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Here's what's on the ground in 'The Jetsons'

Hobos, birds, concrete and parks can be found on the surface of the Jetson's world.

Image: Hanna-Barbera Productions / Warner Bros. Television Distribution

Television fans have whipped up some rather crackpot theories regarding their favorite shows. There's the one that claims Spock is a descendent of Sherlock Holmes. Another theorizes that Jessica Fletcher was a serial killer on Murder, She Wrote. But our personal favorite involves The Flintstones and The Jetsons, the two hit Hanna-Barbera primetime cartoons of the 1960s.

It goes like this: While The Flintstones seemingly takes place in the Stone Age, and The Jetsons is set in 2062, the two worlds co-exist. The Flintstones is the post-apocalyptic life on the surface under The Jetsons. Barney and Wilma live on the ground underneath George and Jane.

It's a fun theory to debate at parties, but there is one big problem. We see what is on the surface in The Jetsons.

One of the most common misconceptions about The Jetsons is that the cartoon never shows the ground beneath Orbit City. The Jetson family lives in the Skypad Apartments. George works at Spacely Space Sprockets. Both cylindrical buildings project into the sky like birdhouses on long poles. It is a world of flying cars.

This optimistic vision of the 21st century often left viewers wondering — what is on the ground? Well, the answer is… hobos, walking birds, concrete and parks.

One of the best views of the surface level comes in the seventh episode, "The Flying Suit." Remember, The Jetsons originally aired for a single season in 1962–63, as reruns kept it on Saturday mornings for years. Anyway, this particular episode revolves around W.C. Cogswell and Mr. Spacely both developing a red jumpsuit that allows people to fly. Meanwhile, Elroy had concocted pills that allow people to fly. A mix-up at the dry cleaners swaps the suits, and in the end, both companies think their flying suit is a dud. Besides, who wants to slip on a special unitard when you can just pop a pill? The episode closes with Cogswell tossing his X-1500 flying suit out the window, believing it to be worthless.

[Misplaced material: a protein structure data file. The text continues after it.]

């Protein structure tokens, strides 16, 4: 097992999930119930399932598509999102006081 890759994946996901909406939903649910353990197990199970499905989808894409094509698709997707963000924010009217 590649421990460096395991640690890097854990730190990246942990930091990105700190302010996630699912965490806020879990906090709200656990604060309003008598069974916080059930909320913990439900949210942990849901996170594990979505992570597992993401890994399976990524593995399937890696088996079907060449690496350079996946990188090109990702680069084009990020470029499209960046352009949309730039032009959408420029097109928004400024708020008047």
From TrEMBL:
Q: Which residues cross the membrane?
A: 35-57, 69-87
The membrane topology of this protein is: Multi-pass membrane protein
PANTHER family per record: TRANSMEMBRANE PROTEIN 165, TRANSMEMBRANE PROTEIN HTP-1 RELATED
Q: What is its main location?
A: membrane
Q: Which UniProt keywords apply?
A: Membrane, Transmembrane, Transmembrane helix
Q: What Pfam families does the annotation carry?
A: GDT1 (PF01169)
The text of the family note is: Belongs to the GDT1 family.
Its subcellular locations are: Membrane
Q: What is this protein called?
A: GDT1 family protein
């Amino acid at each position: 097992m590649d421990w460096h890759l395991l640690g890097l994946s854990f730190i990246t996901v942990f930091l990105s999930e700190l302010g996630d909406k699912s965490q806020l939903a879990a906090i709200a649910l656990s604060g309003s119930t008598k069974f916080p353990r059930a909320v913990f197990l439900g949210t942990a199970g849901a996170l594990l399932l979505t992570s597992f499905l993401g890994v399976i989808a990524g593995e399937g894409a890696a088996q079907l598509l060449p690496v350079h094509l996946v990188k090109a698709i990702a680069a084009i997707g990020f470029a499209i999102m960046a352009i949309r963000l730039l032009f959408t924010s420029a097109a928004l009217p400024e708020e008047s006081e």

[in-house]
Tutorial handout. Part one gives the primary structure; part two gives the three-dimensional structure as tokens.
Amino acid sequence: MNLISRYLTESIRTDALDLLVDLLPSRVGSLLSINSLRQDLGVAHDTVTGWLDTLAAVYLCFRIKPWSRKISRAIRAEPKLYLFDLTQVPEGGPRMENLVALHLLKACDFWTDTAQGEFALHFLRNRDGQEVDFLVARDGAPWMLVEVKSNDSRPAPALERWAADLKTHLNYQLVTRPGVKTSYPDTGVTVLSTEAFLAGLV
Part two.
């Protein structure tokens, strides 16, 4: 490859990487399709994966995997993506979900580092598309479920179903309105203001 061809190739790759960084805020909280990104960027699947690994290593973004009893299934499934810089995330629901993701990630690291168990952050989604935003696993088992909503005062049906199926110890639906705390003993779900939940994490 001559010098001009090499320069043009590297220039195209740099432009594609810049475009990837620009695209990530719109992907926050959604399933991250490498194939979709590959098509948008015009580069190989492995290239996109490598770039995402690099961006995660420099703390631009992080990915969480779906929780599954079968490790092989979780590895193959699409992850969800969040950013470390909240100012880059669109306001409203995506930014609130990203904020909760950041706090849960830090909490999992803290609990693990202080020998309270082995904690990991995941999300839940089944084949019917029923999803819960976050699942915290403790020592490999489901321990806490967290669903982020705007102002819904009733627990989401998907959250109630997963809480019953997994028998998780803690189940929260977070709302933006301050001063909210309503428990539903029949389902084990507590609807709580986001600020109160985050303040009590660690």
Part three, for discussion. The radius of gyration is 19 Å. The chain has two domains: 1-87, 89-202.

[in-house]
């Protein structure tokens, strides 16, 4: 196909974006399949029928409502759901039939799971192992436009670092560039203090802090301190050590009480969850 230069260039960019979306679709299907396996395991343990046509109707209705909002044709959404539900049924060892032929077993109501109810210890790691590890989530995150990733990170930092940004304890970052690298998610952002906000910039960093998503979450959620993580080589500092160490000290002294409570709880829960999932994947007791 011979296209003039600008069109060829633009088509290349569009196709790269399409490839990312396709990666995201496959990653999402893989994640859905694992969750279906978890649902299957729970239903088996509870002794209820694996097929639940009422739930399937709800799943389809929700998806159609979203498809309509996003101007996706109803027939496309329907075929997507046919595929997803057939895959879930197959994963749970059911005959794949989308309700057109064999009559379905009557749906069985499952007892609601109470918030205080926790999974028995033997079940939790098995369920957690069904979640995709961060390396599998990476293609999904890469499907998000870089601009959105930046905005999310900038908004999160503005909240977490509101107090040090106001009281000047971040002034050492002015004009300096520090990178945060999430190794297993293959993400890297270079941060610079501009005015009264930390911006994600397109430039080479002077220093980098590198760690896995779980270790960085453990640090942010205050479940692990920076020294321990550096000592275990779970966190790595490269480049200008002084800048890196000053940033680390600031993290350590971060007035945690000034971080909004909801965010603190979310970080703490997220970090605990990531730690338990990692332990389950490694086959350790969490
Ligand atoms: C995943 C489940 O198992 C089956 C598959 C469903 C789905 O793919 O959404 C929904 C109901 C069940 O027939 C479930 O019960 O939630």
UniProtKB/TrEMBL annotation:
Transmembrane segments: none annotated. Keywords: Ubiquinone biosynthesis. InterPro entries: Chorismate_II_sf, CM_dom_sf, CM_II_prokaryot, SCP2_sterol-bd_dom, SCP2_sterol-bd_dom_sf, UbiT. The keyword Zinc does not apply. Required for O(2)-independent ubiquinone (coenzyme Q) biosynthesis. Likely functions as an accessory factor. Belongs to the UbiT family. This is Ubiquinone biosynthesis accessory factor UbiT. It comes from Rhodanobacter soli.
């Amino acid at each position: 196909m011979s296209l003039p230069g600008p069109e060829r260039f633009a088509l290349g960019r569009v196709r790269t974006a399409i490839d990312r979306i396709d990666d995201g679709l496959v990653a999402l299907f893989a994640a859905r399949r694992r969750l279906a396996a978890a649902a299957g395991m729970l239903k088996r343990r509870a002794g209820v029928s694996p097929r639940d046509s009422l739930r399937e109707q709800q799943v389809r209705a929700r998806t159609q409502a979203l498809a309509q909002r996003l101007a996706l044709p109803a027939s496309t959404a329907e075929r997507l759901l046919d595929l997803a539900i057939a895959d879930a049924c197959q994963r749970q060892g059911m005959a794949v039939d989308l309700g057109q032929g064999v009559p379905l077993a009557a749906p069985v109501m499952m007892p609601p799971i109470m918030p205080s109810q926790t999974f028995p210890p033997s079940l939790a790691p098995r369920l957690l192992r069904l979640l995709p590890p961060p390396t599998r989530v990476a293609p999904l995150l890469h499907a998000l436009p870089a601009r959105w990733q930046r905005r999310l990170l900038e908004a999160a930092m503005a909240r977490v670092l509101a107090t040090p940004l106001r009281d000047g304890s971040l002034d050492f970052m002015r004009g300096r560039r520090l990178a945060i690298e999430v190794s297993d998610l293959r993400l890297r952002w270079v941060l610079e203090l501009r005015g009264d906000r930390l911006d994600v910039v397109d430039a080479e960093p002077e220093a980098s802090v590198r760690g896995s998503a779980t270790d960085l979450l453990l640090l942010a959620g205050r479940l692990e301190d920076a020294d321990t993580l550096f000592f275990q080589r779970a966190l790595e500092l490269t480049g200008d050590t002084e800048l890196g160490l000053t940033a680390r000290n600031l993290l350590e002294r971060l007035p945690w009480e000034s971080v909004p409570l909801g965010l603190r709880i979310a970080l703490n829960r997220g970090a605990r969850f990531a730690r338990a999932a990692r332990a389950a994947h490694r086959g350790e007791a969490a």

The suit falls to the surface. And lands atop the head of a wandering hobo.

"Ah, the life on the open road," the homeless vagabond declares before the suit smacks him in the skull. His bare toes stick out from holes in his patched-up leggings. A crumpled hat sits atop his balding head. In other words, he looks like a spoof of a Steinbeck character. In the background, Orbit City structures reach high into the sky.

Image: Hanna-Barbera Productions / Warner Bros. Television Distribution


This is not the only glimpse of the ground we get in "The Flying Suit." Earlier, when Cogswell Cogs tests its suit, the pilot and Cogswell crash to the pavement below.

In another scene, Mr. Spacely plummets from his office, but is rescued by George in his flying car. Spacely's descent takes much longer Cogswell's crash, which might make you wonder — just how high up are those buildings in The Jetsons.

Guess what? Another episode tells us exactly, while showing more of the surface. In "Private Property," the 21st episode overall, Cogswell and Spacely are having another businessmen's fued, this time over real estate. At one point, a surveyor drops a tape measure to the ground. He explains that Orbit City regulations mandate that no building can be more than 2,200 feet off the ground. (That's about .4 miles. To put it into contemporary perspective, the Burj Khalifa reaches 2,717'.)

Image: Hanna-Barbera Productions / Warner Bros. Television Distribution


"Private Property" also depicts the construction of Orbit City buildings, as massive, human-piloted jackhammers clear space for concrete-pouring machines.

Image: Hanna-Barbera Productions / Warner Bros. Television Distribution


It looks like an airport down there.

Image: Hanna-Barbera Productions / Warner Bros. Television Distribution


With humanity taking to the skies, the birds of the future have decided to walk the earth instead. There's too much traffic in the air, or so this bird declares at another point in the season.

Image: Hanna-Barbera Productions / Warner Bros. Television Distribution


What is most interesting about these reveals is that they shatter the illusion of some utopian future. It introduces a rather depressing class divide. The elite live pampered lives in the clouds, while the less fortunate walk the earth with holes in their shoes. Meanwhile, nature has been upended.

The overlooked Jetsons sequel series of the 1980s somewhat erased this vision. in the 1987 episode "Invisibly Yours, George," Jane meets with a man on the surface. Here, the landscape is far more lush, with purple foliage and mod benches. It's a park.

Image: Hanna-Barbera Productions / Warner Bros. Television Distribution


In either case, it's certainly not Barney in Bedrock. Sorry to burst your bubble if you believed in that theory.

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